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Classic FM Drive with John Brunning 4pm - 7pm
19 March 2020, 11:16
As the founder of Leeds International Piano Competition celebrates a century, we look back at her life and wonderful work.
‘Fanny Waterman’ is a name many of us know fondly from the copy of Piano Lessons Book One (and Piano Progress Studies when we started to take things seriously) that we learned from back in the day. There was the brightly-coloured Me and My Piano series too, with that cheerful little rainbow, first published in 1967. Her books have sold in their millions and that’s already a legacy.
But Dame Fanny Waterman is a peerless piano teacher, author of those beloved tutor books – created with Marion Harewood – and the founder (and until recently chief executive) of the world-famous Leeds International Piano Competition.
Waterman’s contribution to 20th- and 21st-century music is difficult to exaggerate. The roll-call of winners from the Leeds International Piano Competition for a start is frankly staggering: Radu Lupu, Mitsuko Uchida, Murray Perahia, András Schiff, Lars Vogt, Louis Lortie, Kathryn Stott, Alessio Bax, Sunwook Kim… the list goes on.
“It’s not how they play now,” the founder has said of her competition. “It’s how they play in 20 years’ time. There are no losers at Leeds.”
And Waterman herself was a brilliant piano player from an early age. In 1941, when she was 21 she won a scholarship to the Royal College of Music in London to study with Cyril Smith, before the Second World War interrupted her studies.
She was enlisted as a teacher, and soon realised she had found her calling in this: “I realised that my real mission apart from playing the piano was teaching,” she said. “It is the greatest profession in the world.” Waterman developed her career as a performer, appearing nationwide and often in Leeds, while teaching increasing numbers of pupils.
She kept teaching after marrying in 1944 and starting a family. And by 1961 she started looking into staging an international piano competition in Leeds. With concert pianist Marion Stein (the Countess of Harewood), she brought her idea to life and staged the first instalment of Leeds International Piano Competition in 1963.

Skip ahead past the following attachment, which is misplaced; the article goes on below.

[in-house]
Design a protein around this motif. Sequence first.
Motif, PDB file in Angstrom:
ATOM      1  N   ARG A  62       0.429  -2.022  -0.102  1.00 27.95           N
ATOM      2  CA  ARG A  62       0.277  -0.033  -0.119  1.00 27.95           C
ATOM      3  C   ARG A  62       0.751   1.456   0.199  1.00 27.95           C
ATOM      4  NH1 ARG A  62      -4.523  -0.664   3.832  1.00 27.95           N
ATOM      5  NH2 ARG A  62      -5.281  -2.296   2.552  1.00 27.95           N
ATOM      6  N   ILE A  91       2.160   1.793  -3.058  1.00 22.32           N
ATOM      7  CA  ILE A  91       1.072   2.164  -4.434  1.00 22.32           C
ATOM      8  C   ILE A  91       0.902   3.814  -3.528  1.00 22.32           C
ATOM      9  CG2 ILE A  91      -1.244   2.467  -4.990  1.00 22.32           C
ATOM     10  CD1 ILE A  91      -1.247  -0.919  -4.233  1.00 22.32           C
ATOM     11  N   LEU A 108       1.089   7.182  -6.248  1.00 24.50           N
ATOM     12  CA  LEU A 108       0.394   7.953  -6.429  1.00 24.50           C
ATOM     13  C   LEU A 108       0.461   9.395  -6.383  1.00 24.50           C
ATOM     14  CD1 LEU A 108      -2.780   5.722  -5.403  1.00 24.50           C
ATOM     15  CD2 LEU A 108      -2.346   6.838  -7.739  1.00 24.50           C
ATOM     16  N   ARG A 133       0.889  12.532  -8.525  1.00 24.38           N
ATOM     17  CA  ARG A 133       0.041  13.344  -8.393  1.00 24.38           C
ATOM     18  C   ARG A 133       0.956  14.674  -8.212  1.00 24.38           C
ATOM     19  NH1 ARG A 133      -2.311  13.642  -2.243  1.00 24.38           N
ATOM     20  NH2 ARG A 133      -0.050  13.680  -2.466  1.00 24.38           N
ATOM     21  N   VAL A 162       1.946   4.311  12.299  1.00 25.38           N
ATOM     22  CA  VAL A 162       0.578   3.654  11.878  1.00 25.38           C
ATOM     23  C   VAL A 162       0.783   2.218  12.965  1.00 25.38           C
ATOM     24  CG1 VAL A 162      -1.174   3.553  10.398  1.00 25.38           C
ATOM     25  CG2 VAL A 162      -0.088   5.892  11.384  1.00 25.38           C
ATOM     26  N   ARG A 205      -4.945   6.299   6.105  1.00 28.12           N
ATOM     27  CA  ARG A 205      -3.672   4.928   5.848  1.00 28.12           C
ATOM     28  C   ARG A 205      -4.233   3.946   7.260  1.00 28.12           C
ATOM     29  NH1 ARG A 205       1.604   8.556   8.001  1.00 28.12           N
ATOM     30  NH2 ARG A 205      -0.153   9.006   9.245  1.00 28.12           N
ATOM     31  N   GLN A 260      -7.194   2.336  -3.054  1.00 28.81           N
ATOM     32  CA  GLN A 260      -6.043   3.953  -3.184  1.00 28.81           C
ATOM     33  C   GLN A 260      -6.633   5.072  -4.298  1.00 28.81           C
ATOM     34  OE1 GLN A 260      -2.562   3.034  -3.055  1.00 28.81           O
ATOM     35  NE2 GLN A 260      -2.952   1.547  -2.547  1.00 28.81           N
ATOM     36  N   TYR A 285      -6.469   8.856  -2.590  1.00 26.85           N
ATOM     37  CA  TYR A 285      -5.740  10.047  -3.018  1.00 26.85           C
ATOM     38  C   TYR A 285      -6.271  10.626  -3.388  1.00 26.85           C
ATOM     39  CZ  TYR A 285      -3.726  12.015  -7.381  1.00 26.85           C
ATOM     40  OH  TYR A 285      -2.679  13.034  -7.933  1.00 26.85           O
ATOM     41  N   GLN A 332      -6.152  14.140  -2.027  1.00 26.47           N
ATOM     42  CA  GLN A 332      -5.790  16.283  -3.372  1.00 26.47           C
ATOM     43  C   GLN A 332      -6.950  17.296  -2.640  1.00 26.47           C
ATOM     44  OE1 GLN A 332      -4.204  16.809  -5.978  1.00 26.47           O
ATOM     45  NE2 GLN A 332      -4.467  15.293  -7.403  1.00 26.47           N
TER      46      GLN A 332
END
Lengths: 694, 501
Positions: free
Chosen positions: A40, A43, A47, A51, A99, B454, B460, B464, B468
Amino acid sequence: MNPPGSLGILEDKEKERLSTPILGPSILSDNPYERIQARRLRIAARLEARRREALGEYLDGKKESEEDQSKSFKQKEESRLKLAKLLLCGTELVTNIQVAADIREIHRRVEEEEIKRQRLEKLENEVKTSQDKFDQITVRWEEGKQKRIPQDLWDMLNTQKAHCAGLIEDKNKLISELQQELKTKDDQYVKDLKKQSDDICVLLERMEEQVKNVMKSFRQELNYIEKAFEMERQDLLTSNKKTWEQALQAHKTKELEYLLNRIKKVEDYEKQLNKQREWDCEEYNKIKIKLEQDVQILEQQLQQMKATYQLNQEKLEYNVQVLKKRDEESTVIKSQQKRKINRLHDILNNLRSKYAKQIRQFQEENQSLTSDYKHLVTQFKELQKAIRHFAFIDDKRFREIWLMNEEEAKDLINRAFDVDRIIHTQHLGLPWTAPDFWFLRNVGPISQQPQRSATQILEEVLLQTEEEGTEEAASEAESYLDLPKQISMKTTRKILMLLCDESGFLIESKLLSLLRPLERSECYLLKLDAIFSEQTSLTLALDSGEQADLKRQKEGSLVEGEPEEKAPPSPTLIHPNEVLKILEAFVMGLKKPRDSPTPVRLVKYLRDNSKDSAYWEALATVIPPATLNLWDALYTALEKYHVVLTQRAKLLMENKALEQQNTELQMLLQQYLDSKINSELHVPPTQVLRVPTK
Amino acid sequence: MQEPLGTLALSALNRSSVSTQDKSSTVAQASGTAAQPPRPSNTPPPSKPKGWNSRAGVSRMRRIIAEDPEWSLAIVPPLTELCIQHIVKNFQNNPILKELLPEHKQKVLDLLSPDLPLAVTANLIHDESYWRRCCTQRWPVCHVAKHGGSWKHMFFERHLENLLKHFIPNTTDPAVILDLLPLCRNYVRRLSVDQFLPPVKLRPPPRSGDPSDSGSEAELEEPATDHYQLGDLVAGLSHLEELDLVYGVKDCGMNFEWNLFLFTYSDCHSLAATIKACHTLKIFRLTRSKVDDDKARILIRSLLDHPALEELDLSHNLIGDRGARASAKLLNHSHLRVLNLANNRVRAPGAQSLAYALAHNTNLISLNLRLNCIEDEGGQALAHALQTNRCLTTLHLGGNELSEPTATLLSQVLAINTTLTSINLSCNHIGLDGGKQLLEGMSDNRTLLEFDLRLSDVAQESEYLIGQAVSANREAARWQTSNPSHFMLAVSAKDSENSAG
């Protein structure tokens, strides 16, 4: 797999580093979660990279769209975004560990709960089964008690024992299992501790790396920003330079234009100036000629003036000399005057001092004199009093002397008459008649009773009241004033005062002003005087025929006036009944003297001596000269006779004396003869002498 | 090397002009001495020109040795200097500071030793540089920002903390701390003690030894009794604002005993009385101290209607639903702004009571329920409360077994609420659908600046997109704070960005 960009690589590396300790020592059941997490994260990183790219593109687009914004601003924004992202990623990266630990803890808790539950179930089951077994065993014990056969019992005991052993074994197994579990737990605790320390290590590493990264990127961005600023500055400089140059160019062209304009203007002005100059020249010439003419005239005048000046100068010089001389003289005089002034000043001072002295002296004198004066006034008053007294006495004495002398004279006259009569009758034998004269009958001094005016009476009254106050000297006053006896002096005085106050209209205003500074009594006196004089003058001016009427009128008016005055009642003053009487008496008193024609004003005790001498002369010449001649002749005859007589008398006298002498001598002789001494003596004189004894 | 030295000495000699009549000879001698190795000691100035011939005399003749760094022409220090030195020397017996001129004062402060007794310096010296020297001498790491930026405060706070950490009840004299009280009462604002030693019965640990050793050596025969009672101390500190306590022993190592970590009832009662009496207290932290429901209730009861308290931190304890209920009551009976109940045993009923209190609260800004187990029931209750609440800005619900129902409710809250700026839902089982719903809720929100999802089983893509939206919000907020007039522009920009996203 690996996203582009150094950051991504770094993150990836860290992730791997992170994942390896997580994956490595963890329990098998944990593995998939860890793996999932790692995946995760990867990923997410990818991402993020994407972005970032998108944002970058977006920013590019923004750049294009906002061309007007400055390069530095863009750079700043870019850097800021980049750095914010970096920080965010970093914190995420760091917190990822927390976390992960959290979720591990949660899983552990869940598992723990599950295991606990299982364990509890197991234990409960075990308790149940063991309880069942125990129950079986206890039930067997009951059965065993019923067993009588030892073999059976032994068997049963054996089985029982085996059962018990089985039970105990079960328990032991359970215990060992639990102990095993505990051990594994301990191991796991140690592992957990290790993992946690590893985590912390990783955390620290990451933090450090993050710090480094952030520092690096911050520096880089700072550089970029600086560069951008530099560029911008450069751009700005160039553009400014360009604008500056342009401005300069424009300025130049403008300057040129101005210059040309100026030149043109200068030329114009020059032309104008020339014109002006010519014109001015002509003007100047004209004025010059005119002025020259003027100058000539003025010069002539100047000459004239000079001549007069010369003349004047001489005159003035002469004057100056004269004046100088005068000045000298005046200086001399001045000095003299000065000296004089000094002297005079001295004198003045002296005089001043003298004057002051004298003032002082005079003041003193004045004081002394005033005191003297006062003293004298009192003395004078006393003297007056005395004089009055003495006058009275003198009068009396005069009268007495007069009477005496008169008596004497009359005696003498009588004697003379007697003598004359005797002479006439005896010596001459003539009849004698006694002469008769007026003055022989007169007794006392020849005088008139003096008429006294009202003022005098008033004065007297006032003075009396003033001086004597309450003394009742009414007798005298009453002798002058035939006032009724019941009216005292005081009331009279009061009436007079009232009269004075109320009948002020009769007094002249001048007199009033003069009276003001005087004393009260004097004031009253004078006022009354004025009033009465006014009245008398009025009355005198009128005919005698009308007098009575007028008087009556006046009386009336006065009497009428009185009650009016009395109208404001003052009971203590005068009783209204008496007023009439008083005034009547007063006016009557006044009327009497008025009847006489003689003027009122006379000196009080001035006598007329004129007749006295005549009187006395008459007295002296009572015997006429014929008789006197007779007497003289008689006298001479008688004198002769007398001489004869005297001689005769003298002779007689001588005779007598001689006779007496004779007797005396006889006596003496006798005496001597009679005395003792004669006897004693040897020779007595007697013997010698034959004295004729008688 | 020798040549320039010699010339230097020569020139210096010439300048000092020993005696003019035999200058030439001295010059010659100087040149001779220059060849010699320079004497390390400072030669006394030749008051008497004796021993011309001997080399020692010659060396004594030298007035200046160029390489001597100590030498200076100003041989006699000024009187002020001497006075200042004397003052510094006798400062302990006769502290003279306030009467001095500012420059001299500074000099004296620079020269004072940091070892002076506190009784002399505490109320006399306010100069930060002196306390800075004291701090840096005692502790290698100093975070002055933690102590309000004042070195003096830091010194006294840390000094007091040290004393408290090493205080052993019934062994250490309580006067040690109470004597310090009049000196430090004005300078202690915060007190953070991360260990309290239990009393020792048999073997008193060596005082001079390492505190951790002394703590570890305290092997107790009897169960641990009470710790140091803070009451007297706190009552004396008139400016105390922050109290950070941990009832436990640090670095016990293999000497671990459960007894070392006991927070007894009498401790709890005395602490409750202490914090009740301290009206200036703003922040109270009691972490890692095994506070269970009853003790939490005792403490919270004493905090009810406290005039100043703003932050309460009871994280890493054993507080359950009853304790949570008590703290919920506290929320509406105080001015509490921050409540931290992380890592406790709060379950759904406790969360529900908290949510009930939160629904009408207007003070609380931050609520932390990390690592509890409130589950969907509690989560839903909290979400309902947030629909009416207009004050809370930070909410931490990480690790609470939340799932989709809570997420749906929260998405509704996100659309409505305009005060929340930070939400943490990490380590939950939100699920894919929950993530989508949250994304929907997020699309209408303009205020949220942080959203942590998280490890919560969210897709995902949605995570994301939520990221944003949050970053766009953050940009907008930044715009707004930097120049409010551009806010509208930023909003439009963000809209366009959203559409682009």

Waterman chaired her competition’s jury for the first time in 1981, after the death of Lord Boyle who’d chaired since 1972, and she continued in that role until her retirement in 2015. During her 34-year tenure, an entire generation of pianists came up inspired by the competition, and it became a firm fixture known globally.
Sensational pianists and musicians who have judged the competition over the years include composer Sir Arthur Bliss, critic Sir William Glock, famous composition teacher Nadia Boulanger, pianist Annie Fischer and pianist Clifford Curzon.
Fanny Waterman was awarded an honorary doctorate by the University of Leeds in 1992, and appointed OBE in 1971, CBE in 2000 and made a Dame in 2005. She donated her entire personal archive to Leeds University in 2018.
“With every honour I have received, with all these big events, I wish that my husband and family were here,” she recently told Pianist magazine. “They so wanted me to do well, my parents. We were so poor.”
Waterman’s love for music – which she shared with so many others through teaching, performing, and nurturing the star soloists of the future – came to her at a young age.
“Children hardly get to listen to great music,” Waterman has observed. “I was [lucky to be] taken to hear Rachmaninov, Rubinstein, all the great ones. You learned how to get a singing tone.”
Events planned by Leeds International Piano Competition to celebrate Dame Fanny Waterman’s 100th birthday have been cancelled due to coronavirus. Visit www.leedspiano.com to find out more.